Berdyaev correct ? - Please Discuss !
- From: DRStarman2001@...
>Subject: [anthroposophy] Re: Berdyaev correct ? - Please Discuss !Bradford comments;
>Date: Fri, 24 Jan 2003 14:55:10 EST
>*******I think that's an old misunderstanding, that modern occultism,
>Theosophy and Anthroposophy know the universe but leave out God. It arises
>because only an external God is meant, one whose image you place before you
>and then worship, a "divine dictator" whose "will" you must seek out. It's
>certainly true that we acknowledge no so-called God in THAT sense. I would
>say that's because that's not what God is really like at all. Because the
>divine which is known directly is very different from the traditional
>anthropomorphic God of the uninitiated, they regard anyone speaking of its
>true nature as impious, just as they did with Jesus, Socrates etc. The
>Buddhists were regarded as atheists because they tried to say that God
>as people picture him/her/it. and so too anthroposophists are regarded as
>iconoclasts for saying it's not either.
> But in addition, this fellow clearly knows very little about
>Anthroposophy, to say that it does not lead people to Christ. Perhaps he
>means he doesn't feel it leads him back to the old naive belief in God and
>Christ. Thank heavens it doesn't!
Yes this is interesting Dr. Starman! Duty to do the good, and the amazing
stiff christian ethics that places the dogma of helping the poor, service,
doing the good, visiting prisons... Also appears to my observation to
reflect an abstract experience of a Stern, suffering, Cross Riding Jesus,
Instead of the high Solar Logos with a human sense of humor that Christ was.
Such an attitude also considers every thing we investigate and discover on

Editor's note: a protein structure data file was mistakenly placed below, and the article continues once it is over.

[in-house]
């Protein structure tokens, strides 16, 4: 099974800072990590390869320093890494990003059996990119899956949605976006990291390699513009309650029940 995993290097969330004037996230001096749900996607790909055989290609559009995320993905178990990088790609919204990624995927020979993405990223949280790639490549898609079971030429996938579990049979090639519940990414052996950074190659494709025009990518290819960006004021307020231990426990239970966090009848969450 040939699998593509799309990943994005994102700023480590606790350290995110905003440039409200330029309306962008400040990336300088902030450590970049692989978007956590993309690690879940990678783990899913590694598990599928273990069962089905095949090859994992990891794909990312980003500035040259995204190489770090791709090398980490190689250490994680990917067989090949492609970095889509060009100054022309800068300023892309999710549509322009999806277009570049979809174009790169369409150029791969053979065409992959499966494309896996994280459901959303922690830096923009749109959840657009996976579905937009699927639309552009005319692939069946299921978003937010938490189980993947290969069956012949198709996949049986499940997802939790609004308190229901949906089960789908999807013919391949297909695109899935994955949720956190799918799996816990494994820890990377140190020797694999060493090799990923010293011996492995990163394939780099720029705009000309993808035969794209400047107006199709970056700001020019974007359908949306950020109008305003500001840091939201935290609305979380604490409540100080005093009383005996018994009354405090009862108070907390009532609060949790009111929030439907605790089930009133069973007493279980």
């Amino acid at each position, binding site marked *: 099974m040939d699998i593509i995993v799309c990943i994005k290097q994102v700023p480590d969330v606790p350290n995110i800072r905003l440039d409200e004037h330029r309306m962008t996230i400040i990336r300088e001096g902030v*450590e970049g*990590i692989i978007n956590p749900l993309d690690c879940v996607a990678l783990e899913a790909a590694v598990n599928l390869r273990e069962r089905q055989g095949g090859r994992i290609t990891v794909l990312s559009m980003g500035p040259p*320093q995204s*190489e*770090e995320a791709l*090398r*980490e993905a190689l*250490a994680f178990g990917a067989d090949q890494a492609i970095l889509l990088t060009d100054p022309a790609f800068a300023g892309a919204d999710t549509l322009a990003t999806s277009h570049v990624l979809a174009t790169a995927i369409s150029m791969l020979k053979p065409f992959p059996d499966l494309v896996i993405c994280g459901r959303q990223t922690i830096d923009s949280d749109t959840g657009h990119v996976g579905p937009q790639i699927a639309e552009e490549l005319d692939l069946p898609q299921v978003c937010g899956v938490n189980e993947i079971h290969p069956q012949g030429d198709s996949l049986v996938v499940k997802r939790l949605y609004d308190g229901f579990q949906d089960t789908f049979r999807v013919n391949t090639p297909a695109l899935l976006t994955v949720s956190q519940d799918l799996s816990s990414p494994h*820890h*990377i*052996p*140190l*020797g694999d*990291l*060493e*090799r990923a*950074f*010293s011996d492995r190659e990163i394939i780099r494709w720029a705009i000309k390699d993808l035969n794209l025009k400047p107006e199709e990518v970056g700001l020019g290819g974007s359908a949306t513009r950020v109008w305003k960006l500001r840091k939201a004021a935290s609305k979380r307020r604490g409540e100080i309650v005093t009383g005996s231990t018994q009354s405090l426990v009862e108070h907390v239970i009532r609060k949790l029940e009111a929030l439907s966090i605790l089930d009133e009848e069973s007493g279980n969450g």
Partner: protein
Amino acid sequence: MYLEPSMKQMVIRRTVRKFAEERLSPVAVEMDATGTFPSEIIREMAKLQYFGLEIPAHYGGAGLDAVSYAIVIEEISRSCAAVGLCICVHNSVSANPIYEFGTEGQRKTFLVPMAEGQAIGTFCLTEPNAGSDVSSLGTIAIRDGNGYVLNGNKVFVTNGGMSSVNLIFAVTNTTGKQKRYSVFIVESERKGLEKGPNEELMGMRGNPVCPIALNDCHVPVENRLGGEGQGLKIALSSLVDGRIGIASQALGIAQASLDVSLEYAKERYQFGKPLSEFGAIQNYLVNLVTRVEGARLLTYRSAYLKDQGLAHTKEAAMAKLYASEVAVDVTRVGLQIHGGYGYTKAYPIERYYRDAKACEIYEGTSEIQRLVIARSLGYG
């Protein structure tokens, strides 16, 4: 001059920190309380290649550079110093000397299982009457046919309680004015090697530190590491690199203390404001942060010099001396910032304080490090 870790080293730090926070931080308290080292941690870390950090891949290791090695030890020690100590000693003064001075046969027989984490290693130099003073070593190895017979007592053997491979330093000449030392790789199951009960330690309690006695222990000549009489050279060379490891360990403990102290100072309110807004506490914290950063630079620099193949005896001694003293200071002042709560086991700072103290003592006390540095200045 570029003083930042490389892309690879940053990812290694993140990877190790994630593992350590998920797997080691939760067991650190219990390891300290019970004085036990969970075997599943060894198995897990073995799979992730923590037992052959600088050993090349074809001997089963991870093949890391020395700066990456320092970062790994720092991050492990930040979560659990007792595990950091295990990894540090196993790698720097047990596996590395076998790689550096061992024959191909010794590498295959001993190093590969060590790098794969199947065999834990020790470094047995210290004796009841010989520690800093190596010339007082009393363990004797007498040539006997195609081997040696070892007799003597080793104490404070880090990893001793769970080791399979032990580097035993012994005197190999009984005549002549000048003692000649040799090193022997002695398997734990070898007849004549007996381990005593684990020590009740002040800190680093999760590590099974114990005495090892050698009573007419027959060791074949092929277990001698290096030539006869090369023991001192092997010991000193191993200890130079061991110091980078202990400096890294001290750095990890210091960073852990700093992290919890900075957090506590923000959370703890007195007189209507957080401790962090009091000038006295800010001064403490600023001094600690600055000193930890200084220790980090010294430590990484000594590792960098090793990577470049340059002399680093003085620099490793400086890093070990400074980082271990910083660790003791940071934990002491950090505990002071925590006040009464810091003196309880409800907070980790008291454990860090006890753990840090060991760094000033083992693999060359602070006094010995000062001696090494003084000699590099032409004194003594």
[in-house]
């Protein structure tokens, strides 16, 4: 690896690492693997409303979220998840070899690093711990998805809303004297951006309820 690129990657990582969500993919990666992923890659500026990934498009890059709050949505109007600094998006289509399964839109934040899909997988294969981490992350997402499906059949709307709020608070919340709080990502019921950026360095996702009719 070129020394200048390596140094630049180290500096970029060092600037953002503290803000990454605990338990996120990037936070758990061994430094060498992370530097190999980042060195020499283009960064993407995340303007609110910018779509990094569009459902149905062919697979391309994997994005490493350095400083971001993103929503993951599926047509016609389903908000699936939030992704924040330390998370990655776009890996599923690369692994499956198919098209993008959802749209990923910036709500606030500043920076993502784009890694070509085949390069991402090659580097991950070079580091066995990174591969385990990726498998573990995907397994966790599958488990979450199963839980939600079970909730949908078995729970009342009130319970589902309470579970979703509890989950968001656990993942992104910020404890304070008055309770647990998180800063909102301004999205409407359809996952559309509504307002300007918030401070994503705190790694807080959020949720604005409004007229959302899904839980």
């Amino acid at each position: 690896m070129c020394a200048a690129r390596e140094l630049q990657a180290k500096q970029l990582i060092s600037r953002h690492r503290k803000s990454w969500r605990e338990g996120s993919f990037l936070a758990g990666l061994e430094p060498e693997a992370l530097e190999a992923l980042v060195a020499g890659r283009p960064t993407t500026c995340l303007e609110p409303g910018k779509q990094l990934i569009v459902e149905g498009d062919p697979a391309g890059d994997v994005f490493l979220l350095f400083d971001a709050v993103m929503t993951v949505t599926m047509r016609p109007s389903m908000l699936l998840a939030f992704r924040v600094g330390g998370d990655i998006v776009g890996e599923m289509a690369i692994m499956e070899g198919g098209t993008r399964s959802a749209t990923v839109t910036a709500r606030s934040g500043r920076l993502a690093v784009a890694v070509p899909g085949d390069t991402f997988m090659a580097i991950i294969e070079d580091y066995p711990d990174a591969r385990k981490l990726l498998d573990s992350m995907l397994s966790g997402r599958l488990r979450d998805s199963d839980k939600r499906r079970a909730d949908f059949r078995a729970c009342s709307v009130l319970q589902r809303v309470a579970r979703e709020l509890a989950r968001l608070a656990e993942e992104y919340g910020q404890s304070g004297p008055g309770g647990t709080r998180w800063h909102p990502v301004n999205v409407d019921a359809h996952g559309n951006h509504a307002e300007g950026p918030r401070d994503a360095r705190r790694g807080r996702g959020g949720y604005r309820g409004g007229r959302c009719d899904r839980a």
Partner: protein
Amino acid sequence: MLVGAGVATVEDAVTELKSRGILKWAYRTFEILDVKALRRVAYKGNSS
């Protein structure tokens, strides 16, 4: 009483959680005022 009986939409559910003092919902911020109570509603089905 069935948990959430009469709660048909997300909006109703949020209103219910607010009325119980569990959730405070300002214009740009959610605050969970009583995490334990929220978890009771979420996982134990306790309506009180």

our own, for ourseleves, the joy of our own holy path, means no separation
from god. But I had a very strong Norwegian - Lutheran grandmother, a real
saint from Wheaton Illinois no less.
Now it so happens that Wheaton, where I went every summer as kid to stay
with my grandmother, was not only missionary central, but my grandmother, a
gem of a woman, was just a joy to be with and the highest example of good
Christian fellowship I ever encountered. However her relation to the Lord
was still cloudy, abstract and external through the medium of the Bible and
Sunday services with ministers who said nothing relevant from the pulpit.
Also in Wheaton were the pals my cousin and I hung around with, the Belushi
boys. Also in Wheaton was the center of the Theosophical Society; also in
Wheaton was the core collection of notes from the infamous Inklings.
This brings me to C.S.Lewis and Owen Barfield. This is truly as Starman has
said, really a matter of perception. The conflict that I detect, where one
is trying to dutifully do Steiner meditations, when bored is certainly not
the same as the fire of living intuition and spiritualized thinking that
Steiner used to research the world. C.S. Lewis had all the richness and
flaws of a 'normal' Christian ethical individual. Barfield nor that ARCH
pagan, Tolkien could every convince Lewis that his understanding of
Christianity, god, and goodness was tainted and wooden. Instead, because
thinking attains the joy of high intuition, those who have to beat
themselves with a guilty, knotted cord, so that they should kill out there
normal drives and impulses as sins - have failed to grasp why the Native
American was more connected to god than those Puritans who rolled in to
Plymouth. That does not mean that C.S.Lewis was not a wonderful creative
Spirit. He was, they all were and what a mix they made. They didn't agree,
but they were all alive.
The same basic argument is here being foisted and flopped around and what is
sad is that the introspection and inner observations allow one to let this
sneaky egregorial elemental twist around in the will and thinking of the
soul.It is the constant think that goes on in oneself that remains
unobserved. This is why subtle self observations pays dividends in Spiritual
Science and Oscar Wilde was ten times more a Christian than Lewis thought he
was. We need to look into ourselves, our upbringing and our motives much
more carefully and that is part of the inward observation needed in any path
of development. Nice work Starman!
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